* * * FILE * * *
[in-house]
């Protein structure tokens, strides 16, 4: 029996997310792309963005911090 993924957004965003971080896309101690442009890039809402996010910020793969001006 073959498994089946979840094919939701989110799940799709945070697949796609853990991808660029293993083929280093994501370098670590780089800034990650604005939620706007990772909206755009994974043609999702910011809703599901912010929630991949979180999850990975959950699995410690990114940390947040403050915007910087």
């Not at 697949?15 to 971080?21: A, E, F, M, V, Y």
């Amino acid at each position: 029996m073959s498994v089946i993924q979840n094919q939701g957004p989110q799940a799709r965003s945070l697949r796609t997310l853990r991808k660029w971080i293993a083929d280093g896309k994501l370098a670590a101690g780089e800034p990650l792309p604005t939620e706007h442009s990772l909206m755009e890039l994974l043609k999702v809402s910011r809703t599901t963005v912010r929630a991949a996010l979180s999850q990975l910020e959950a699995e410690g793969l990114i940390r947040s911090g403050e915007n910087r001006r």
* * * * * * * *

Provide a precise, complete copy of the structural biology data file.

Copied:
[in-house]
């Protein structure tokens, strides 16, 4: 029996997310792309963005911090 993924957004965003971080896309101690442009890039809402996010910020793969001006 073959498994089946979840094919939701989110799940799709945070697949796609853990991808660029293993083929280093994501370098670590780089800034990650604005939620706007990772909206755009994974043609999702910011809703599901912010929630991949979180999850990975959950699995410690990114940390947040403050915007910087």
């Not at 697949?15 to 971080?21: A, E, F, M, V, Y």
């Amino acid at each position: 029996m073959s498994v089946i993924q979840n094919q939701g957004p989110q799940a799709r965003s945070l697949r796609t997310l853990r991808k660029w971080i293993a083929d280093g896309k994501l370098a670590a101690g780089e800034p990650l792309p604005t939620e706007h442009s990772l909206m755009e890039l994974l043609k999702v809402s910011r809703t599901t963005v912010r929630a991949a996010l979180s999850q990975l910020e959950a699995e410690g793969l990114i940390r947040s911090g403050e915007n910087r001006r």